Katricia Sabbath, Director, Contract and Procurement, Cetera Financial Group
We all know that Technology plays an integral role in contract management. It creates a cradle to grave process that can be replicated by stakeholder’s day in and day out. It also serves as a system of record for auditing, financial reviews and record keeping. However, when contracts are managed manually there are many snags and snarls. For example, it creates a culture of silos. Because there is so much data, processes and systems, it can be difficult to understand. Therefore having a complete strategy around requirements needed to store data becomes all the more necessary. Furthermore, there may be no internal processes or there may be many systems that don’t work together and therefore don’t communicate which creates “business clutter”. Contracts by nature are a support function, meaning we typically utilize professional resources per requests. The issue becomes “efficiency and effectiveness.”Now the contract professional has to manage the contract creation, management and administrative functions. They may become indirectly the gatekeeper who has to coordinate with multiple stakeholders in order to obtain buy-in that may run the full gamut, taking inordinate amount of time to achieve contract business requirements that can impact the terms and conditions within a contract or overall productivity. It’s almost as if the contract professional has multiple hats that have to be worn in order to achieve the bottom line which is a contract that achieves company objectives while minimizing risk.
Cloud technology allows for the computer to act as a library. All contractual terms, financials and other pertinent material and non- material documentation can be maintained, allowing companies and individuals the ability to be able to negotiate and move a contract through the full contractual cycle much more easily. Long gone are the days in which a person mails documents and awaits a response. Literally, within hours a response can be given and decisions made. These decisions have to take into account regulatory impacts, industry best practices and standards. However, working with much more flexibility has its constraints. A company has to have employees that are capable of working on the work at hand but also knowledgeable enough with technology to perform the job in real time.
If I were to make a wish list, I would definitely want simplicity in processes which will result in a better end user experience
What are some of the biggest opportunities in contract management for the various ECM vendors in the market? How can trends such as analytics, AI, and cloud file sharing be leveraged to produce and enhanced experience?
It is imperative that a company manages how contracts systems are used and how this information is stored. For some time, there has been a gap in the “how.” Sometimes there needs to be a system overhaul. This may be because systems are not communicating enterprise wide or technology has made the system obsolete. New processes can streamline current ways of doing business when an upgrade is due. However, in other instances the electronic management system needs more flexibility which results in better enterprise quality. Over the past few years there has been innovation with ECM vendors. These vendors have been thoughtful in understanding where the industry is headed and allowing for faster more efficient support. Better security, smarter document templates and server compatibility are some of the quality improvements.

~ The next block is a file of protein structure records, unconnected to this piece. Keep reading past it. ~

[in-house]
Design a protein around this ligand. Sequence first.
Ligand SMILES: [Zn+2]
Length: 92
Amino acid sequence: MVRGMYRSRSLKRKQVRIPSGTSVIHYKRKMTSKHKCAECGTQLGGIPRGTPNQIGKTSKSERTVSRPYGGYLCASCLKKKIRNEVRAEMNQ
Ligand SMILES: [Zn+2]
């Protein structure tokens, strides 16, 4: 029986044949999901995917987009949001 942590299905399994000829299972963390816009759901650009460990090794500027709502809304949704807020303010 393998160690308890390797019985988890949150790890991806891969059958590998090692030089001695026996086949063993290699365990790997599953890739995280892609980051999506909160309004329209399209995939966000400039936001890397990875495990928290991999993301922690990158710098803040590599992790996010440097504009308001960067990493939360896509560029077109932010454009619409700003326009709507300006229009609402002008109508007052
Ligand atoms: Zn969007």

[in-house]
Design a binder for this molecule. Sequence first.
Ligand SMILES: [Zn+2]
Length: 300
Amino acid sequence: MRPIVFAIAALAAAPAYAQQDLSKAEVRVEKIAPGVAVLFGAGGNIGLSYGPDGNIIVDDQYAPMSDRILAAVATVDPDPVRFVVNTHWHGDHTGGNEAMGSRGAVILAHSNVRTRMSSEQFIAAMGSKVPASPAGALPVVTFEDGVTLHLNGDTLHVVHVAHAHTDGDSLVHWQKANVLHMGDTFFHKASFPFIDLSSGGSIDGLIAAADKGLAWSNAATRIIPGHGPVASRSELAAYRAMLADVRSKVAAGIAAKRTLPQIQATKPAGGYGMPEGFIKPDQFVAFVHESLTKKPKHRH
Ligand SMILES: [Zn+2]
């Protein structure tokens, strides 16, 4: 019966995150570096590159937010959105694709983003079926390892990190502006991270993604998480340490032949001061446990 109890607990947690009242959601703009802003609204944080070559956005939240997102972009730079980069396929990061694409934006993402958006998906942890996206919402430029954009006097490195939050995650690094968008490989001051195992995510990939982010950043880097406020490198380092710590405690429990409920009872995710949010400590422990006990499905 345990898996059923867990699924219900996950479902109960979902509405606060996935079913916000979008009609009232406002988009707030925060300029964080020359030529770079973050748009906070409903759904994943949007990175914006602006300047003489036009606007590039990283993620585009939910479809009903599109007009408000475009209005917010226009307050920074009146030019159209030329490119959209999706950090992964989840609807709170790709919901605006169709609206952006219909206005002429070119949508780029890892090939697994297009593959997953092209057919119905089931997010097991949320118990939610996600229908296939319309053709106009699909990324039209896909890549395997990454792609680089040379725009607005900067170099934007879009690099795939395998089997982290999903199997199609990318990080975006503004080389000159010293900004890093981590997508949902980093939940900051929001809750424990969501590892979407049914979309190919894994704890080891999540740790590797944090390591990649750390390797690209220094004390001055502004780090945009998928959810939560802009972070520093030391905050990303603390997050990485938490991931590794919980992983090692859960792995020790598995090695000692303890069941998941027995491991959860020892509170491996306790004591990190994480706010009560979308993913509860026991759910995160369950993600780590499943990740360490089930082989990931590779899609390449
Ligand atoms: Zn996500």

I would expect the user interface to seamlessly meet the customer or end user’s needs. If the UX-end user is unable to use the information easily and in real time then the UI is pointless, not matter how technologically advanced it may appear. We need to look at how the learning curve looks for the company’s users. The handoff process has to be integrated and beneficial in a noninvasive manner. The experience has to be detailed enough within the design but straightforward enough that the end user will actually use the product.
Understanding what a company utilizes day to day and how the business processes and technology integrate is foundational with any ECM. IT, the business itself and end users play central roles in developing ECM platforms. If the solution can be developed internally, tested and deployed then that is great for the company. But often times that isn’t the case and outside support is needed. Platforms allow a company to provide its vision or end result and the vendor can create the mechanisms to achieve that goal through many solutions that can range from development, implementation, performance monitoring, storing and maintenance. This allows the company to focus on the business vs. the potential costly disaster lying in wait.
I am excited about the transformative nature of ECM. From the tools, to processes, it’s a great time for our industry. If I were to make a wish list, I would definitely want simplicity in processes which will result in a better end user experience. Less is truly more. The life-cycle of documents, including archiving and how we determine when information/documents should be eliminated is paramount. There is also innovation around the cloud and new capabilities around oversight and new ways to reduce risk but not compromising efficiency and quality.
I am a firm believer that the most valuable asset to any company is the people. New technologies will challenge each of us to think of ways to seamlessly perform in an impactful way for our clients or customers. The end users wants to be assured that they are protected from breaches and the information is accessible in real time all while being simplistic. This is no easy feat, but I believe as we continue to improve technology and look at ECM as a global destiny, and as we become more robust in our results, we also become more influential to the bottom line.